The screens are made of sapphire. Glass to sapphire is like a sofa is to steel. The way you create sapphire is you create a ring furnace and create a vortex, the heart of which is a little over 2000 degrees C. Then you take a stick of molybdenum and put a sea crystal on it, and you float it on a bed of air which is swirling below it. As you pull that stick up you grow a perfect crystal matrix off it. After about two weeks you got something about a foot long. The trouble is after that, there's only one thing that's harder than sapphire. So you have to use diamond saws and grinders. Therefore, you can't scratch these screens unless you have a diamond.
It seems most mobile phone manufacturers are much more concerned with the processor, graphics chip, and operating system than they are the engineering of the phone. It could also be pointed out that this Vertu doesn't have the highest specs on the market. Do you think it's wrong to be concentrating so much on that side of things, then?
It's an arms race, but it's an interesting one because I was at CES and I was standing beside the latest thing from Huawei. Full 1080p display, quad core processor. Two years ago there would have been scrum to get at it, but people were just walking straight past it.
I believe right now it's beginning to plateau.
In terms of the specs race?
Yeah. Go back ten years and the PC under my desk would have constantly being needed to be upgraded, and as soon as you bought one a new one came out with something else. It got to the point where now I've had the same PC for years, it works perfectly fine and I'm happy with it. This phones a bit like that computer – is it really lacking? No. More by luck than judgement, I think we've entered at the point where it's all becoming a little academic. Unless you're going to be doing… I don't know what, what are you going to be doing? You're not going to be running Photoshop on these things. You're going to be consuming stuff. We seem to be ok with the arms race discussion.
And who buys them?
If you want to get served really quick, put that on the table. I've been there with the president – put the phones on the table and see how long it is before the owner of the restaurant comes out and says 'would you like some champagne sir? You're worth something.'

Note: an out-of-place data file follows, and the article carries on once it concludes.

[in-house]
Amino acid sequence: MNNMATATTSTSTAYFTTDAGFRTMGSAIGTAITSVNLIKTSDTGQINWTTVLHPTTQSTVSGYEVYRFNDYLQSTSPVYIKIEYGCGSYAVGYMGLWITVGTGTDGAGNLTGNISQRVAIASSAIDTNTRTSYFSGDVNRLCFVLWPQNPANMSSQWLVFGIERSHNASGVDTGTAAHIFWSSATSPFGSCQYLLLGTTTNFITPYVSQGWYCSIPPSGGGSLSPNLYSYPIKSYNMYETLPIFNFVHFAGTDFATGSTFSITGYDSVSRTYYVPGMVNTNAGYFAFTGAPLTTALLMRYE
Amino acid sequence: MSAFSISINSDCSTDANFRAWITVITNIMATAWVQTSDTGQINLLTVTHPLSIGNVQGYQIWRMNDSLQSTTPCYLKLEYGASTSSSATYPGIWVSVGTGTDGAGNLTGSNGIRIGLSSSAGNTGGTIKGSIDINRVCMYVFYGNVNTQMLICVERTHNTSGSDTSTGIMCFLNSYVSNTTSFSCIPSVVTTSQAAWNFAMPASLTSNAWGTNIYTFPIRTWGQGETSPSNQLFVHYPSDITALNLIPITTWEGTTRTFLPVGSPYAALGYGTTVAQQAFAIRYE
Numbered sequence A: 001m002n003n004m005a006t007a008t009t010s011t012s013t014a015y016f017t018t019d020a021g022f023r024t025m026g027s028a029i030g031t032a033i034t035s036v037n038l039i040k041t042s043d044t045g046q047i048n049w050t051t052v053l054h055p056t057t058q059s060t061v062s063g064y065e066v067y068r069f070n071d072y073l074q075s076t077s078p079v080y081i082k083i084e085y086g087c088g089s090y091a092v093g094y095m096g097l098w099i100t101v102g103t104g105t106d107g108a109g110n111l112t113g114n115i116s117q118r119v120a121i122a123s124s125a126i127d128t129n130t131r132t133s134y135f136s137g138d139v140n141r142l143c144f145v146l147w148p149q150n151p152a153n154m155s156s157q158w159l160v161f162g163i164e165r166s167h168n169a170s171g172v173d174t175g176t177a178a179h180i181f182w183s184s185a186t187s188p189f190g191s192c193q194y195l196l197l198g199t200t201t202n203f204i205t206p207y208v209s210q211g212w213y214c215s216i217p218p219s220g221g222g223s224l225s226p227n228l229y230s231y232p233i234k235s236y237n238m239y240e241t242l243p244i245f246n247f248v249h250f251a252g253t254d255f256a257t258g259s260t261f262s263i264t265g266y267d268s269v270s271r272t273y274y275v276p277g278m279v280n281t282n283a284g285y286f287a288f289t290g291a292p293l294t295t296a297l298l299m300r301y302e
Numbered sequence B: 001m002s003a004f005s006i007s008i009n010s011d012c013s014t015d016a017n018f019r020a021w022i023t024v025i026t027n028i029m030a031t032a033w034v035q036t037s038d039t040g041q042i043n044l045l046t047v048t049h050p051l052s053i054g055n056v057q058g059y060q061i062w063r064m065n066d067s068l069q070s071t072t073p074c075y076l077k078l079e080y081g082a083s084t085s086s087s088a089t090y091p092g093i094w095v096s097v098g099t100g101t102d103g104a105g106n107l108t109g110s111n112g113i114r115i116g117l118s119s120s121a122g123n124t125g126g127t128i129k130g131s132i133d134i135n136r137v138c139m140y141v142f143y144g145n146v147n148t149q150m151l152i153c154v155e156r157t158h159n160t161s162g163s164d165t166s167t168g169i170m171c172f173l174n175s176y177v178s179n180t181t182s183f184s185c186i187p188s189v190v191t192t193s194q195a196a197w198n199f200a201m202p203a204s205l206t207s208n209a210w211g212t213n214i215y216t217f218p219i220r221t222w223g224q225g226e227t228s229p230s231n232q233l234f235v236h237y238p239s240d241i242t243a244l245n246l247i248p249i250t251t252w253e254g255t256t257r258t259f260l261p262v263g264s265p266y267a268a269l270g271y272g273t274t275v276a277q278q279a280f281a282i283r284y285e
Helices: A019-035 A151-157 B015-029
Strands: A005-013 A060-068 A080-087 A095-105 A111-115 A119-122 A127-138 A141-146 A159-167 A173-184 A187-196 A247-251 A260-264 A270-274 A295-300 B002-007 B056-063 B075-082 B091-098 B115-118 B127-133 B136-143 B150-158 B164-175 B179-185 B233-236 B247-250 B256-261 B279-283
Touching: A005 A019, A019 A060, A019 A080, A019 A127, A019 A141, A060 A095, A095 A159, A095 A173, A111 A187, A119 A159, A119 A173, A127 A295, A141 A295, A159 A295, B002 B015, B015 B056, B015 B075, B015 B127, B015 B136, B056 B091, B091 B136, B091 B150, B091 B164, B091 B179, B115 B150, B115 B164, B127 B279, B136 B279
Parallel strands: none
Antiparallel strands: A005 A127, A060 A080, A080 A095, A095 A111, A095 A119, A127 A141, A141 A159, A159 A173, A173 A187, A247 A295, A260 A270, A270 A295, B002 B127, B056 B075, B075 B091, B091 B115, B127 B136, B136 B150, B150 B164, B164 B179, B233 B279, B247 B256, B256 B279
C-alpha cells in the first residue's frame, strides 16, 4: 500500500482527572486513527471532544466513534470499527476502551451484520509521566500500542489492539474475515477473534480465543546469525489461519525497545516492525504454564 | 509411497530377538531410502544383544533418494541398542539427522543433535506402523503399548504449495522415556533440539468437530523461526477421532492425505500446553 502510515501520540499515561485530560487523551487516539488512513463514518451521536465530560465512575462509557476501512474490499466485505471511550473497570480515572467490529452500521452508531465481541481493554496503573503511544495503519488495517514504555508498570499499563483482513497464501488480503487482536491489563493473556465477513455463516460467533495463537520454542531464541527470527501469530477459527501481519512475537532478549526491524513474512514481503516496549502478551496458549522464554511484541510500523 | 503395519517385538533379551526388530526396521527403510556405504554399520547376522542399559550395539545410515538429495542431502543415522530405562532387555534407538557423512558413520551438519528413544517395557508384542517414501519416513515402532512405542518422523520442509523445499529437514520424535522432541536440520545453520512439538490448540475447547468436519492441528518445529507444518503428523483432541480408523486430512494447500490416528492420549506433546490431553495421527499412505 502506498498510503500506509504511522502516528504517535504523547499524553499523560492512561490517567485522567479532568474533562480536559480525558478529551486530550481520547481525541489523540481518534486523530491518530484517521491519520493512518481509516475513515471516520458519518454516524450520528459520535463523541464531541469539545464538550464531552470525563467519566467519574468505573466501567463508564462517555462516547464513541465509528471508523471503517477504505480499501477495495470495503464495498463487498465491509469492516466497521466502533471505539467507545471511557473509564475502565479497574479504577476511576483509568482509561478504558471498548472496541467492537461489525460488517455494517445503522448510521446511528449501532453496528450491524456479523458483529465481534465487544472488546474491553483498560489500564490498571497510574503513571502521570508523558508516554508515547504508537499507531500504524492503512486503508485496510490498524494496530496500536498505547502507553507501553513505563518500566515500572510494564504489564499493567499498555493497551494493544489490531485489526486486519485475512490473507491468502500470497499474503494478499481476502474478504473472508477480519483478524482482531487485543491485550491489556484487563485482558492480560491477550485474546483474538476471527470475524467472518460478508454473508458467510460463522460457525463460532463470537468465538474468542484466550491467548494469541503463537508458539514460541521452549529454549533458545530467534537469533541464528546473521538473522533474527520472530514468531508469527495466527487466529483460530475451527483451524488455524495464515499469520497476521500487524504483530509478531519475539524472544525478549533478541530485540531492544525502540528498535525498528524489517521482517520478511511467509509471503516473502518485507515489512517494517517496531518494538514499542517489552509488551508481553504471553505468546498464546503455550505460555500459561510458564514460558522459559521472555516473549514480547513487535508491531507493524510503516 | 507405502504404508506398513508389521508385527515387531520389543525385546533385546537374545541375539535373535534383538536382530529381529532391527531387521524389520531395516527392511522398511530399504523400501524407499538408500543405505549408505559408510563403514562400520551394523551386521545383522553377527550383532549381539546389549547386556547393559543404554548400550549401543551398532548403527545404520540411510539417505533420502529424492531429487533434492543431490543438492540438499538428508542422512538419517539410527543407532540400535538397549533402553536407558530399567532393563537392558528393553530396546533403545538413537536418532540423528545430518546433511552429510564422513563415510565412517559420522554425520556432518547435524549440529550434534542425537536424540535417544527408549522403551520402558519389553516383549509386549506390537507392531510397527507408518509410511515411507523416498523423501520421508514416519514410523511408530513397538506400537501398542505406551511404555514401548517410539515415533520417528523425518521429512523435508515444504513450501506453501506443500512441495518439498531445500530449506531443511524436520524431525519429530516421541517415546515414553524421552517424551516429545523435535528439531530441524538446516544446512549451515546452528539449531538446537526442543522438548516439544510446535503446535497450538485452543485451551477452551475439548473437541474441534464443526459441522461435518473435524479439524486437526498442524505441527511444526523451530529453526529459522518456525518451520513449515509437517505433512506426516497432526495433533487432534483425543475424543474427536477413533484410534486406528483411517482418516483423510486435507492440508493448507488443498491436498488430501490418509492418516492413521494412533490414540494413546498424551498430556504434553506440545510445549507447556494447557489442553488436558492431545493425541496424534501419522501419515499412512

Europe is still the home territory – I think there's an appreciation for luxury objects in Europe that maybe isn't there in America, which is so annoying because it's a massive market. The Far East – greater china and further than that is where the money is nowadays, that's big for us. Traditionally Russia has been important, the Middle East. Basically, follow the money. Where it doesn't sell? List all the poor countries in the works and that's where it doesn't sell.
And what's this concierge service?
With the touch of a button you can get all sorts of services, can you get me this restaurant or this booking, etc.
We partnered with a service called Protector Services Group. Most of our clients are self made, entrepreneurial characters, always networking, always striking business deals. These guys will research any firm for you, give you business profiles and tell you whether they are legit or not.
On the other end of the scale, if you want it, they'll provide men with bulges in their coats, or helicopters – the full spectrum of personal security.
So if you're worried about a situation you can get your phone out and guys will turn up with pistols?
If they can do it in a country this side of the law, they will do it. I've met them, and they're serious ex-army dudes.
You also get privileges – we have deals with lots of private members clubs all over the world, you can get in for free. Some of these are ten grand a year subscription clubs. As a Vertu owner, they're very interested on getting to know people that have this much money. It's all stuff you can get into because you're rich.